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Women whose menstraul cycles last less than 25 days are more likely to experience early menopause

Women with shorter menstrual cycles start menopause two years earlier than others and experience the most symptoms in middle age, a study shows.

Researchers led by Harvard Medical School followed 600 women ages 33 to at least 51 years old and asked them to self-report menopausal symptoms and when their cycles stopped.

Those with shorter cycles — less than 26 days — reached menopause on average at age 49, the study found, while those with normal cycles — from 26 to 34 days — reached it at about 51 years of age. Women with shorter cycles were also more likely to report symptoms such as sleep and heart problems and depression.

Scientists behind the paper said age at menopause — when the menstrual cycle stops — was a good marker of overall health. They called for more research on the topic to establish the health effects of a shorter cycle.

It comes after a doctor warned that earlier menopause could shorten a woman’s lifespan because it shifts hormone levels, accelerates decline and increases the risk of conditions like heart disease, stroke and arthritis.

The graph above shows the results of the survey.  It shows that women with shorter menstrual cycles reach menopause on average at age 49, while women with normal cycles - from 26 to 34 days - reach it by age 51

The graph above shows the results of the survey. It shows that women with shorter menstrual cycles reach menopause on average at age 49, while women with normal cycles – from 26 to 34 days – reach it by age 51

1661561306 62 Women whose menstraul cycles last less than 25 days are

1661561306 62 Women whose menstraul cycles last less than 25 days are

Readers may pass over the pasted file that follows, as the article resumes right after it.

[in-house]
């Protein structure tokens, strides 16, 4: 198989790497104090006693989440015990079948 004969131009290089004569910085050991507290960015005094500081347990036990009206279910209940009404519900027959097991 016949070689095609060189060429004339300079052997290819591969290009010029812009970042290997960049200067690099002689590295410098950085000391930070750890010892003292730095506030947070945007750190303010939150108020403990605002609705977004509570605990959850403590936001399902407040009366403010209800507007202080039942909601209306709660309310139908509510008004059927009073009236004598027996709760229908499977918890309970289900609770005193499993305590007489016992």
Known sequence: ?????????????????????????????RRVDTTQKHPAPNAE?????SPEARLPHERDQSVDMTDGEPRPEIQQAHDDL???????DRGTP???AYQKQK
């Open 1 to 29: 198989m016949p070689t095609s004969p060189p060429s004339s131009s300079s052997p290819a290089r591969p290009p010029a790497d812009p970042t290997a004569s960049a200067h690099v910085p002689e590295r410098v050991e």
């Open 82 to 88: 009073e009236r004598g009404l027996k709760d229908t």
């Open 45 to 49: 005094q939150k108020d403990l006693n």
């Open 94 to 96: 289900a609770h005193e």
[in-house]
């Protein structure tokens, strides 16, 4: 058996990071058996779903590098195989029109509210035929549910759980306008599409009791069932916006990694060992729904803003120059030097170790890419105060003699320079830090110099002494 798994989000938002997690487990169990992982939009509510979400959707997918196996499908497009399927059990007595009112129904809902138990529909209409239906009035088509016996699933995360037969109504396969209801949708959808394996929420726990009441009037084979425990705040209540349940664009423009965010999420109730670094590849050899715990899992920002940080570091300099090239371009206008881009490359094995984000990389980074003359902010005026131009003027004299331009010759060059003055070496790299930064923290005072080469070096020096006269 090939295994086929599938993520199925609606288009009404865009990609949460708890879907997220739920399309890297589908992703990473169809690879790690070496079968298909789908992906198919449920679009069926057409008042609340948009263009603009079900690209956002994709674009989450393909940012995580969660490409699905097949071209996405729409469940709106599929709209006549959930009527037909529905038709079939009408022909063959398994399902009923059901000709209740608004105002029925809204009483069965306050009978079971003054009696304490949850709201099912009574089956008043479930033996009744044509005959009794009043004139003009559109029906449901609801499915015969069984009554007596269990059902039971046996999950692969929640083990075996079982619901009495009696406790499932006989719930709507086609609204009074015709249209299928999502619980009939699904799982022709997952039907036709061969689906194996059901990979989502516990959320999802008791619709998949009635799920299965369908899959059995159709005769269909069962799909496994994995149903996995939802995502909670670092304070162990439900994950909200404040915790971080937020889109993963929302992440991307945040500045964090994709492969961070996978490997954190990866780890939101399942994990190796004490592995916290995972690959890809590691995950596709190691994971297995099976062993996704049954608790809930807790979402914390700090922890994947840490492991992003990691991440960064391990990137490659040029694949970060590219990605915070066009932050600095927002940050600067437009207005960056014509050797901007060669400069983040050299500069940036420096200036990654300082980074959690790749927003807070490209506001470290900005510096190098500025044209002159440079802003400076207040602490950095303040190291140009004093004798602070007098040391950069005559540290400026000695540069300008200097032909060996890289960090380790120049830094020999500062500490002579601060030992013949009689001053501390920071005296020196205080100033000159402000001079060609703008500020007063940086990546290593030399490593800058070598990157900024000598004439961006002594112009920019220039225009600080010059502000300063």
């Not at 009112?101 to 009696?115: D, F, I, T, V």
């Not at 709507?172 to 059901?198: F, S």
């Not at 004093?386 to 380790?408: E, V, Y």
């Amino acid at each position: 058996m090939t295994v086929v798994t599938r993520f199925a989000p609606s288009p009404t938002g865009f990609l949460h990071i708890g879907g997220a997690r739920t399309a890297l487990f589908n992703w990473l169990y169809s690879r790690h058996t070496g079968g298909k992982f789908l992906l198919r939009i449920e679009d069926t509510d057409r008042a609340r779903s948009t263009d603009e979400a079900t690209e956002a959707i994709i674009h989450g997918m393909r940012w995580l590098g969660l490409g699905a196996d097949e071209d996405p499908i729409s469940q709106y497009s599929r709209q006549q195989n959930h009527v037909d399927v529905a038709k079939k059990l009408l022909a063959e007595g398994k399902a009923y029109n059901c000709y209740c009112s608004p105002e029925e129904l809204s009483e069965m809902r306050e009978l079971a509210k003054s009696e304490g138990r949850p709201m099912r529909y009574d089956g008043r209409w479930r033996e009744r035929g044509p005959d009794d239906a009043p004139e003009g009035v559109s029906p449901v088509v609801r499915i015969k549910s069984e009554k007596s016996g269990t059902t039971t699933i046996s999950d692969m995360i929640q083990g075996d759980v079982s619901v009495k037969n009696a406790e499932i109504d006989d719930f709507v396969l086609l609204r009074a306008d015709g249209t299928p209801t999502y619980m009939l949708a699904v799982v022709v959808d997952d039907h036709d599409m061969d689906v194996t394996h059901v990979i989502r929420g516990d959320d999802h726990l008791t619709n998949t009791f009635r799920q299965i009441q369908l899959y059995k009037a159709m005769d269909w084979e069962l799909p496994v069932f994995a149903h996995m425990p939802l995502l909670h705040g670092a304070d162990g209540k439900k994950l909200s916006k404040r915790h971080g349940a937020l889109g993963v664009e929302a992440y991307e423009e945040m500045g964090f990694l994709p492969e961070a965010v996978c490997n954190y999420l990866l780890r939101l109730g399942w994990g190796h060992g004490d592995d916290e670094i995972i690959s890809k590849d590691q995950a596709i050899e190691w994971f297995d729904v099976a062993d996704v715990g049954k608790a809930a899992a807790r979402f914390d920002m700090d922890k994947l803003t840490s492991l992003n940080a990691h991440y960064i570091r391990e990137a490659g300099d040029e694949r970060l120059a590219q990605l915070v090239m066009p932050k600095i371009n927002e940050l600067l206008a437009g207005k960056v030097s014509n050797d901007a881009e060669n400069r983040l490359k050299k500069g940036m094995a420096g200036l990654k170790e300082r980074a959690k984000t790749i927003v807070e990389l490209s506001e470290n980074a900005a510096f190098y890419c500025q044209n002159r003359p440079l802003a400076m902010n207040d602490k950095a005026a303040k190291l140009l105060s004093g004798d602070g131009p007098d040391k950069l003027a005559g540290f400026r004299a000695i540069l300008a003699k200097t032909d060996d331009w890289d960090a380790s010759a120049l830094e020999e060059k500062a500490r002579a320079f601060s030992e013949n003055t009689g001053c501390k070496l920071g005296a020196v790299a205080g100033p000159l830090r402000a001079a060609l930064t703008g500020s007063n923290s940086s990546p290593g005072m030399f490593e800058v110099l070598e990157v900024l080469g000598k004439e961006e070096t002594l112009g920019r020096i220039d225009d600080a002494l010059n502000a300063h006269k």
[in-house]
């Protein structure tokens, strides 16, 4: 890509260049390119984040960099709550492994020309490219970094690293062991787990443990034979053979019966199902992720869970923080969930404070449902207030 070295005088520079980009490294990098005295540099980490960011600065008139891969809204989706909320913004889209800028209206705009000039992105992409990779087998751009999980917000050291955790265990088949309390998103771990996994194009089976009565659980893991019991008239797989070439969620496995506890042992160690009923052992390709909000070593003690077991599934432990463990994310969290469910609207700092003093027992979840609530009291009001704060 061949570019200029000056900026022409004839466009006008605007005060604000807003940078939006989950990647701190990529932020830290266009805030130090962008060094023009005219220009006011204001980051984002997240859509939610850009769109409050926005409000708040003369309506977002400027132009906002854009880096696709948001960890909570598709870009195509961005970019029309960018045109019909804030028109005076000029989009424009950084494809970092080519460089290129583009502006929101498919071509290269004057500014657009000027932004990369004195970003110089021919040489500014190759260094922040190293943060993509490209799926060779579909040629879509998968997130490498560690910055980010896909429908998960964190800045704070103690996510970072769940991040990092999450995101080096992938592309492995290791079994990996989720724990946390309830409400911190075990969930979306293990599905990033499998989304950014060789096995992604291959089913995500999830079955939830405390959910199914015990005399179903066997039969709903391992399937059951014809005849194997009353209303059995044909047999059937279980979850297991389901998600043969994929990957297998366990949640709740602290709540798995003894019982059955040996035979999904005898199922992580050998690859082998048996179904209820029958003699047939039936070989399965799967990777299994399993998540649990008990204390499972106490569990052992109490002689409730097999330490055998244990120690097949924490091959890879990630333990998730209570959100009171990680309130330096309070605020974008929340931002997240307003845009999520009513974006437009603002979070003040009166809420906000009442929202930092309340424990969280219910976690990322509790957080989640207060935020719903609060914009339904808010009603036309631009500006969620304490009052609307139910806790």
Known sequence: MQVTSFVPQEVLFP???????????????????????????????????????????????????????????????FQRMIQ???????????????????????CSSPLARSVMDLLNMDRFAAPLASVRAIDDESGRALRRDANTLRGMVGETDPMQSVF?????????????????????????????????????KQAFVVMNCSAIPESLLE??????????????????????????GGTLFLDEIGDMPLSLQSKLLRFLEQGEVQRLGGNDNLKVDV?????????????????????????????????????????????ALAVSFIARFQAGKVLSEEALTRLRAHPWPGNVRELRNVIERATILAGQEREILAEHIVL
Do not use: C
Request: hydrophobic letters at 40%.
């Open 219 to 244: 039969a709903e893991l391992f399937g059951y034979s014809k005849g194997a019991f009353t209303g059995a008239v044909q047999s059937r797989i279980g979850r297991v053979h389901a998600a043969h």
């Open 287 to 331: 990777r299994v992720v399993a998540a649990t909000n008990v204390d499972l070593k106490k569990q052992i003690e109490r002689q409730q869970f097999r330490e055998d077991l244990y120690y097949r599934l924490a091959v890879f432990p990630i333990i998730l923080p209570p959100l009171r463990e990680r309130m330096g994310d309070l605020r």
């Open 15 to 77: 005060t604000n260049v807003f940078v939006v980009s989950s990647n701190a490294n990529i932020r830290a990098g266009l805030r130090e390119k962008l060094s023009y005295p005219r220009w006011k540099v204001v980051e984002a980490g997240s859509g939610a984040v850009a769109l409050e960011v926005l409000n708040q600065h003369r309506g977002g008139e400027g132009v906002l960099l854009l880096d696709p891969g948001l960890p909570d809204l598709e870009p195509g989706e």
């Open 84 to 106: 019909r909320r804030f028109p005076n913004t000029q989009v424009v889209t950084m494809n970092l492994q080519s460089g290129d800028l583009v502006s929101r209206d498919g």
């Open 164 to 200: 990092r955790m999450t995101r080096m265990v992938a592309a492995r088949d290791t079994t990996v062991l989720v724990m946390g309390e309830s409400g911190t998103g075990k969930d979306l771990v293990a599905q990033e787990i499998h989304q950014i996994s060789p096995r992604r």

Researchers led by Harvard Medical School followed 600 women, ages 33 to at least 51, and asked them to self-report menopause symptoms and when their cycles stopped (stock image)

For the study, published this week in the journal Menopausescientists recruited women within their first 22 weeks of pregnancy at clinics in Massachusetts between 1999 and 2000, asking them to report the length of their menstrual cycles.

About 72 percent of the participants were white and 80 percent had college degrees.

They were divided into three groups based on the length of their menstrual cycles; 90 women in the ‘short’ group, 505 in ‘normal’ and 39 in ‘long’ – over 34 days.

WHAT IS THE MENOPAUSE?

Menopause is defined as the changes a woman goes through just before and after she stops her period and can no longer conceive naturally.

Some women go through this time with few or no symptoms, about 60 percent experience symptoms that lead to behavioral changes, and one in four will suffer severely.

Common symptoms include hot flashes, night sweats, vaginal dryness leading to discomfort during sex, disturbed sleep, decreased sex drive, problems with memory and concentration, and mood swings.

Menopause occurs when your ovaries stop producing so much of the hormone estrogen and no longer release an egg every month.

US experts say women go through menopause on average at the age of 51, although it can start when someone is anywhere between 40 and 58 years old.